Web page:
Since healthcare workers who come in contact with infected patients have the highest risk of contracting Ebola, now is the time to emphasize the importance of proper infection control procedures with your team.

Precautionary Checklist

To keep your staff and patients safe, consider the following precautions:

  • Monitor the Ebola situation online. Utilize the resources available on the CDC website.
  • Assess and ensure availability of appropriate personal protective equipment (PPE) and hand hygiene supplies.
  • Review facility infection control policies.
  • Review environmental cleaning procedures.
  • Be on the lookout for patients with fever or symptoms of Ebola who have traveled from Liberia, Guinea or Sierra Leone in the past 21 days.
  • Recognize a case of Ebola and be prepared to use appropriate infection control measures.
  • Begin education and refresher training for healthcare providers on Ebola virus disease signs and symptoms, diagnosis, triage procedures, employee sick leave policies, how and to whom Ebola cases should be reported and procedures to take following unprotected exposures.
  • Avoid contact with the blood or bodily fluids of an infected patient.
  • Ensure laboratories review procedures for appropriate specimen collection, transport and testing of specimens from patients who may be infected with Ebola virus.

Other Facts About the Ebola Virus

According to the CDC, a person infected with Ebola is not contagious until symptoms appear. Signs and symptoms of Ebola include fever (greater than 101.5°F) and severe headache, muscle pain, vomiting, diarrhea, stomach pain or unexplained bleeding or bruising. Symptoms can appear from 2 to 21 days after exposure. After 21 days, if an exposed person does not develop symptoms, they will not become sick with Ebola.

The Ebola virus is spread through direct contact (through broken skin or mucous membranes) with blood and bodily fluids (e.g., urine, feces, saliva, vomit and semen) of a person who is sick with Ebola, or with objects (e.g., needles) that have been contaminated with the virus. Ebola is NOT spread through the air or by water or, in general, by food.

Sharpen Tools for Swifter Turnover


Sharper Tools Mean Greater Efficiency

Instruments are essential to any dental procedure, and the sharper they are, the better. Proper sharpening techniques not only make for longer-lasting instruments, they enable quicker patient turnover due to more efficient hygiene procedures. Do your practices measure up?

Sharpening

For your 6-month prophylaxis appointments, it’s recommended you sharpen your instruments at least once a week. For your scaling and root planing procedures, sharpen your instruments before each procedure. Manual stones are easier because they are portable and can be used anywhere in the office. Automatic sharpeners require a power source, which limits when and where you can use them.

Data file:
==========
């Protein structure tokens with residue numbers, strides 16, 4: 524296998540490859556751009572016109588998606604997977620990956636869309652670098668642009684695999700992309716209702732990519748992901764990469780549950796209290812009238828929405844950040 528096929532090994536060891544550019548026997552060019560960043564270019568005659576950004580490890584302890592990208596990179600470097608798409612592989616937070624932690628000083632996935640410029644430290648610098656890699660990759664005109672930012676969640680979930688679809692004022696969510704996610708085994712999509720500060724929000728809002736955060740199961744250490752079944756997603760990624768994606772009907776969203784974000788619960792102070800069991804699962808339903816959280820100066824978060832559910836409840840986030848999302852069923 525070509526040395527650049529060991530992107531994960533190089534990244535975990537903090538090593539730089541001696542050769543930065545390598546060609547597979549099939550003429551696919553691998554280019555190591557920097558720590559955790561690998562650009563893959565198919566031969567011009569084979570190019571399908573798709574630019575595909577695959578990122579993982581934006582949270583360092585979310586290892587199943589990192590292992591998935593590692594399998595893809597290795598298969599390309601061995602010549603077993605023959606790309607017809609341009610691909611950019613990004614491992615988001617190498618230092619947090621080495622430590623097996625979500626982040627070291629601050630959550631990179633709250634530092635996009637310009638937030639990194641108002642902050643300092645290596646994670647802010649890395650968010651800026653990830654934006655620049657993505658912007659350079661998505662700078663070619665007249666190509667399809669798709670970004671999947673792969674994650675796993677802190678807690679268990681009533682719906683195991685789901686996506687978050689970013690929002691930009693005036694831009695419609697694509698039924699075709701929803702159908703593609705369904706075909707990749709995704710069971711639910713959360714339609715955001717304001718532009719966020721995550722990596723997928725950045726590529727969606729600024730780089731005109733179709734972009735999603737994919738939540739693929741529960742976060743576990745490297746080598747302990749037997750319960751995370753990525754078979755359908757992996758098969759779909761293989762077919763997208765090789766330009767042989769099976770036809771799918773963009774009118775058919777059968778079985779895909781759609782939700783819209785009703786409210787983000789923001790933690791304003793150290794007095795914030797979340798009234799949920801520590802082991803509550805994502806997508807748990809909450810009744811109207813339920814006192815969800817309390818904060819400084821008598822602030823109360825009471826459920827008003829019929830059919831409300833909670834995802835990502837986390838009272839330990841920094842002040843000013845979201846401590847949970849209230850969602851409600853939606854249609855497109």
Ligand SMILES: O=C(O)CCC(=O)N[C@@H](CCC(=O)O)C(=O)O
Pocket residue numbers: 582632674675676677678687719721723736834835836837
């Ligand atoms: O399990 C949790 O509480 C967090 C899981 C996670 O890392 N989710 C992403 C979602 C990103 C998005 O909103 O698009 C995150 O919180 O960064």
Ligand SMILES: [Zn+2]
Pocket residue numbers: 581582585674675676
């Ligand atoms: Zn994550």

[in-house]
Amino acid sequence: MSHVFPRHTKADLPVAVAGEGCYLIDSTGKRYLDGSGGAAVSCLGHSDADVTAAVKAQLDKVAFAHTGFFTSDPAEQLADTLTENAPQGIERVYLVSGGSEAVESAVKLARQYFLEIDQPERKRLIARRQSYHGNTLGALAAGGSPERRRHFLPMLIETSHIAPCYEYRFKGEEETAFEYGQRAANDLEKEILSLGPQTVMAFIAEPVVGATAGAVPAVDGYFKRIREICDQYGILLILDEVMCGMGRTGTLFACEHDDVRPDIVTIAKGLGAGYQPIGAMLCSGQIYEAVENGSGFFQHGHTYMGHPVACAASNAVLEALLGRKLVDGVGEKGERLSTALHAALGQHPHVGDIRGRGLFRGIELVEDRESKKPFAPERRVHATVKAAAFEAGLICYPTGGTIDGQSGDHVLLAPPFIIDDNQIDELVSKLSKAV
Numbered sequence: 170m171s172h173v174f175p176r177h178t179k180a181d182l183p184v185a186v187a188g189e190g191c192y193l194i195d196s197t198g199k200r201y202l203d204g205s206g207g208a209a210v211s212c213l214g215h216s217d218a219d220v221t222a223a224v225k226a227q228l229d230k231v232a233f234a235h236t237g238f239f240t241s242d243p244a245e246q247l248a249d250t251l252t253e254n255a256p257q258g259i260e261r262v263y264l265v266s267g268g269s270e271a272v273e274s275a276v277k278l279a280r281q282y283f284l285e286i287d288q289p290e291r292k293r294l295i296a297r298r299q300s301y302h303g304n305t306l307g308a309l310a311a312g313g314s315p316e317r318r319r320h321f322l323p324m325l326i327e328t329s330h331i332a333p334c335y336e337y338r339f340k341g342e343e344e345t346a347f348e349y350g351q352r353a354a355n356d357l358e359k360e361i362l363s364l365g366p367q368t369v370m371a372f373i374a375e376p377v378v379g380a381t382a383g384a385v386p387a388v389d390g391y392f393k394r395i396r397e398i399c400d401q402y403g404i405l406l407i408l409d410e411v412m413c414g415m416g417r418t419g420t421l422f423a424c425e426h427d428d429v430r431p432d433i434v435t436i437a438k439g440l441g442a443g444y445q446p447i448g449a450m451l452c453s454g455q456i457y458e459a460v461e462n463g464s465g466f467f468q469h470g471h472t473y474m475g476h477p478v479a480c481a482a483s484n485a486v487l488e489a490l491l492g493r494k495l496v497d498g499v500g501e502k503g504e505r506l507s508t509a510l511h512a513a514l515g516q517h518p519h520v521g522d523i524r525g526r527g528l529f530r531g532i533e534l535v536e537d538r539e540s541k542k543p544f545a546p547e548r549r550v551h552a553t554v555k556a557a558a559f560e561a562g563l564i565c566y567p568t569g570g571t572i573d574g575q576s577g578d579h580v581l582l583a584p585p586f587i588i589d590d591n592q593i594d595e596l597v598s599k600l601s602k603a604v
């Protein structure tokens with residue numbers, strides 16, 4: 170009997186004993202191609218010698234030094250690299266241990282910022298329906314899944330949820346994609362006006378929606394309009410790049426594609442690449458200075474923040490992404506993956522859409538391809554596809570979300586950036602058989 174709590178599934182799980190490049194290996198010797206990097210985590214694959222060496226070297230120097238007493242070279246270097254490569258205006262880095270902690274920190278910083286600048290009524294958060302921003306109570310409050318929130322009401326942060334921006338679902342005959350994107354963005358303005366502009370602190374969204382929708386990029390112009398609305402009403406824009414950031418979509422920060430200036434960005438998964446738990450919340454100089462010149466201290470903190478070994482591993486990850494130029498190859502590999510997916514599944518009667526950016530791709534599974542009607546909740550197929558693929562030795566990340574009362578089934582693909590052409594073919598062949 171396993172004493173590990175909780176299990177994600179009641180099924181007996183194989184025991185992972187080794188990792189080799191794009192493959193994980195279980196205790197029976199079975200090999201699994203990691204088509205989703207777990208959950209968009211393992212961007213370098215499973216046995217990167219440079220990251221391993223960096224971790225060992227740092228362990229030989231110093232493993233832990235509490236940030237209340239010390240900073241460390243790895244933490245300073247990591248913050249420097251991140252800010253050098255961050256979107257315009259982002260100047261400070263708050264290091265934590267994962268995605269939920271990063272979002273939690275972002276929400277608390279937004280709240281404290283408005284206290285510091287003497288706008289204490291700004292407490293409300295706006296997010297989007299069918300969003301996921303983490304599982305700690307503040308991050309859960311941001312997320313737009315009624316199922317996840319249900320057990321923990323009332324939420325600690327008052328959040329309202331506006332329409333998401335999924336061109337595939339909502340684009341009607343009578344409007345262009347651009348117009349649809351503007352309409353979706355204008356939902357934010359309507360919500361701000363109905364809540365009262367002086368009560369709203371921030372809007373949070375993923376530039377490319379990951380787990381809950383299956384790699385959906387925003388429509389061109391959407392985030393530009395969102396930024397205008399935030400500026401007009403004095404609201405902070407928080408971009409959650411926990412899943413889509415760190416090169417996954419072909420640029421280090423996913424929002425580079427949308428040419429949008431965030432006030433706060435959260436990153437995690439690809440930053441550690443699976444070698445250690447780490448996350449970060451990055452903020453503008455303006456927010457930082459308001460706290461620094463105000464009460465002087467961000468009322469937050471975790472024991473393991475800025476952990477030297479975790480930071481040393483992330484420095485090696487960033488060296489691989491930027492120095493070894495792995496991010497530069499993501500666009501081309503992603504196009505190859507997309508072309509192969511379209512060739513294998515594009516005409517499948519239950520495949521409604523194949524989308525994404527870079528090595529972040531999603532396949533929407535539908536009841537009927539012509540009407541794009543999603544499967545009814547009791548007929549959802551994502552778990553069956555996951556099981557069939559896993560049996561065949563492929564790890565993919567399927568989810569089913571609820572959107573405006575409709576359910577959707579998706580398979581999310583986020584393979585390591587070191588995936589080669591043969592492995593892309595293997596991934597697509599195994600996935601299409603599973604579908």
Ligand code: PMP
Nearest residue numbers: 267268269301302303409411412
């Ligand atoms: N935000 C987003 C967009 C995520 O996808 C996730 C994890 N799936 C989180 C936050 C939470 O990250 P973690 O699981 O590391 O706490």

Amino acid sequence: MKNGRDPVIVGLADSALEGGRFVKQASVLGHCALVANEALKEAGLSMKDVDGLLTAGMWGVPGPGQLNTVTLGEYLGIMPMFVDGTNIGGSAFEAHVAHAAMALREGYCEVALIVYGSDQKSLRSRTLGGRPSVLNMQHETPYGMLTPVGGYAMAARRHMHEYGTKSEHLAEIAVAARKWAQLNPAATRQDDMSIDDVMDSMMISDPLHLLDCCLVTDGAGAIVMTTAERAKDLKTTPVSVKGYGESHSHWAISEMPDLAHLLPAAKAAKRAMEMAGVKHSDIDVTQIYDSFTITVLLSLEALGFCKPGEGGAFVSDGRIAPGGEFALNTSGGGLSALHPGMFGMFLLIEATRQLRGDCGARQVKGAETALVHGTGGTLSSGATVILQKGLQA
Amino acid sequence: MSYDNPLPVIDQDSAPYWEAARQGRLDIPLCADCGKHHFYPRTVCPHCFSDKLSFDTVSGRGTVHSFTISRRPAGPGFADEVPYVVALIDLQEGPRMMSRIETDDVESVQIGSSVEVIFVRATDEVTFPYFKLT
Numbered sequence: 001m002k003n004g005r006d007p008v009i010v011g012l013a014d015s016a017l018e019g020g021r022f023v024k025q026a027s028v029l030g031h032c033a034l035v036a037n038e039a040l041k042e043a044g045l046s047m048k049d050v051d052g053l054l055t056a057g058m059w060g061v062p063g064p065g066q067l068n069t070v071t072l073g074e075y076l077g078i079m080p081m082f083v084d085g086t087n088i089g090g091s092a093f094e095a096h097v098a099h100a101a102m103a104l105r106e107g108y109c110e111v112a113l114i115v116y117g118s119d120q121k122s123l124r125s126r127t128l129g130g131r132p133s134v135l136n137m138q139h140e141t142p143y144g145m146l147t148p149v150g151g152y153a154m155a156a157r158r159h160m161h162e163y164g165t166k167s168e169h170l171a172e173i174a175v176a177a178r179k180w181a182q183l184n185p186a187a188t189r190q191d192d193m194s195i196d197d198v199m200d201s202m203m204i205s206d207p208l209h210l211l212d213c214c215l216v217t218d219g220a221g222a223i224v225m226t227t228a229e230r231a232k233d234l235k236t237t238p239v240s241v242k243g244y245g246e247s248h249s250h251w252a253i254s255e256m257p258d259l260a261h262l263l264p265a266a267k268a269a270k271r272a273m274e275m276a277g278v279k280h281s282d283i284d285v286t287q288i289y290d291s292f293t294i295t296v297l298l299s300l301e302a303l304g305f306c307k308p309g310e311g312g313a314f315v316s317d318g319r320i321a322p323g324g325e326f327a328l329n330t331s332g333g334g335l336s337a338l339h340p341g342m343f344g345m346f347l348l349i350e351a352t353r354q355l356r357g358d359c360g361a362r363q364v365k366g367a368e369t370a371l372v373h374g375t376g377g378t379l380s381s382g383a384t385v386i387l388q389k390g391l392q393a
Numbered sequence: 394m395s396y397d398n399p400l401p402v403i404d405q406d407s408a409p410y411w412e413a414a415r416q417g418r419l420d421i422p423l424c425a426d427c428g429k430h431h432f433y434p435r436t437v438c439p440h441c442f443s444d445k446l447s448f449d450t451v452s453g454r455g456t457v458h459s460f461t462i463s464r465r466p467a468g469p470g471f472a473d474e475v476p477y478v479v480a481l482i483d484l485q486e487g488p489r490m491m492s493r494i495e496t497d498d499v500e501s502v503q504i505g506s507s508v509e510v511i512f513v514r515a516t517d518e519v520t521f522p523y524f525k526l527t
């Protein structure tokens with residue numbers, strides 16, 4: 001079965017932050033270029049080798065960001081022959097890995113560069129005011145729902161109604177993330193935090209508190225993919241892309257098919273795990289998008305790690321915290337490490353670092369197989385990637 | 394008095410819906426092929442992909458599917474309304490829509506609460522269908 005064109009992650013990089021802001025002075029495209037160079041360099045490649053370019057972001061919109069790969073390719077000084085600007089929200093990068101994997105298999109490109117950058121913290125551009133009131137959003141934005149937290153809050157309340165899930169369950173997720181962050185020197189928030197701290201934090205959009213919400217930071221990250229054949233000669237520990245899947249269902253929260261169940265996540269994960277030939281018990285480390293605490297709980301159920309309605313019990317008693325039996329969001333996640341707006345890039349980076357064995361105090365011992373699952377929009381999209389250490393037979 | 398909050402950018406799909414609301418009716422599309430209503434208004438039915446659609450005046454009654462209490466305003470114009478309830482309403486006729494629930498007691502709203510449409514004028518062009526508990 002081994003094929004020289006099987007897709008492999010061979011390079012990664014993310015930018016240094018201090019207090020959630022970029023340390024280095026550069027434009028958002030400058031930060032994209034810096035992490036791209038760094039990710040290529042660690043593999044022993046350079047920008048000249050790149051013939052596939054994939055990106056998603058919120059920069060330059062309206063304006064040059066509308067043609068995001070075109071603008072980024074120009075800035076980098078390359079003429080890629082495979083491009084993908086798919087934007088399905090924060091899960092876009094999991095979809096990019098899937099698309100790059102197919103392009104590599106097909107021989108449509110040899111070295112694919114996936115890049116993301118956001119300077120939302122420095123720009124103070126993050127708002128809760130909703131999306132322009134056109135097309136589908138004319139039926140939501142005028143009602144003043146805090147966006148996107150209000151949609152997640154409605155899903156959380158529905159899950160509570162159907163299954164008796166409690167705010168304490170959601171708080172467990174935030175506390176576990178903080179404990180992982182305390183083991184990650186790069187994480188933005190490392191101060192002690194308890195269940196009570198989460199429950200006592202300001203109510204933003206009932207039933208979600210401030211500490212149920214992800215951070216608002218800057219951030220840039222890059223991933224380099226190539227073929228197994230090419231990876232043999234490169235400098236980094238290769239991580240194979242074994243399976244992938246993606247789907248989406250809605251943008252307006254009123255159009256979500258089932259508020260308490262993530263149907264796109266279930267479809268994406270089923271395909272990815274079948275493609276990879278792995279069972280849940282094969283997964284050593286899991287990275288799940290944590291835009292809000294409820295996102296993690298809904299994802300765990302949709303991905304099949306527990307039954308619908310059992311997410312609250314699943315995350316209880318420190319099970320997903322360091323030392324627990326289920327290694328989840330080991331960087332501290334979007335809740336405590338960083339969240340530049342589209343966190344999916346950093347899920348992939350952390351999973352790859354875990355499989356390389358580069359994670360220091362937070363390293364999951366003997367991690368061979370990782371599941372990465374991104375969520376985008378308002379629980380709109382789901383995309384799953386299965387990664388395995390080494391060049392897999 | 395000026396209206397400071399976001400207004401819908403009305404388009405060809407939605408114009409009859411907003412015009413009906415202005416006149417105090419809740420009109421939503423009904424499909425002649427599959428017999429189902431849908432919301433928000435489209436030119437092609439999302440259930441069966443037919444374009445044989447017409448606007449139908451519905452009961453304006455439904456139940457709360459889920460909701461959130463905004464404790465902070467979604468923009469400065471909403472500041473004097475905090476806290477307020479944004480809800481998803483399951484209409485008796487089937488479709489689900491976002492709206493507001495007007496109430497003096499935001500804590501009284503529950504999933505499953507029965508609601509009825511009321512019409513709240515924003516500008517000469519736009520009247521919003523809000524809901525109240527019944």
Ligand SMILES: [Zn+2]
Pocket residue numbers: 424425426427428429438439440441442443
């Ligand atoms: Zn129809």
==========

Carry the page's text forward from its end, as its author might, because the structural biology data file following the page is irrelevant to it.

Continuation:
Purchasing Frequency

The average office should order new instruments at least once a year. A good rule of thumb is to have enough procedure setups for a half-day’s patients. This number can be determined by averaging the number of procedures per day over several weeks. If your practice doesn’t have a good supply of instruments, invest in more setups to improve your efficiency.

Instrument Knowledge

The most unbiased and universal way to check if an instrument is sharp would be to use a test stick. Each hygienist uses different pressures when scaling teeth; thus, basing instrument sharpness on pressure applied isn’t an objective test.

DID YOU KNOW?

PureLife carries every instrument needed for your hygiene procedures. The Montana Jack scaler and Wingrove Titanium Implant Instruments are unique additions to any dental office. The ultra-light Montana Jack is a hybrid universal scaler that can be used for the entire mouth. The Wingrove Titanium Implant Instruments boast solid medical-grade titanium that won’t scratch implants.

Handling Pediatric Patients


Pediatric Patients

Even super-heroes should be handled with kid gloves

By now, you may have heard about the potential impacts of the Affordable Care Act (ACA) on dentistry. One interesting likelihood: an influx of pediatric patients, as the ACA provides for dental coverage for children under 19. According to the American Dental Association (ADA), approximately 8.7 million children could gain extensive dental coverage by 2018. This means that more general dentists will have the opportunity to see younger patients. However, there are several things to consider when treating this population.

Chemical Sensitivities

Children aren’t just little adults. Their bodies are still developing, so chemicals that might not have much of an impact on an adult can have a larger impact on a child. A case in point: BPA.

Bisphenol A (BPA), a chemical compound found in everyday plastic products, can also be found in many dental composites and sealants. Unfortunately, BPA acts as an endocrine disrupter, and studies have linked it to a plethora of health maladies in children, including heart and kidney disease, emotional behavioral problems, and even an increased risk of obesity in teenaged girls.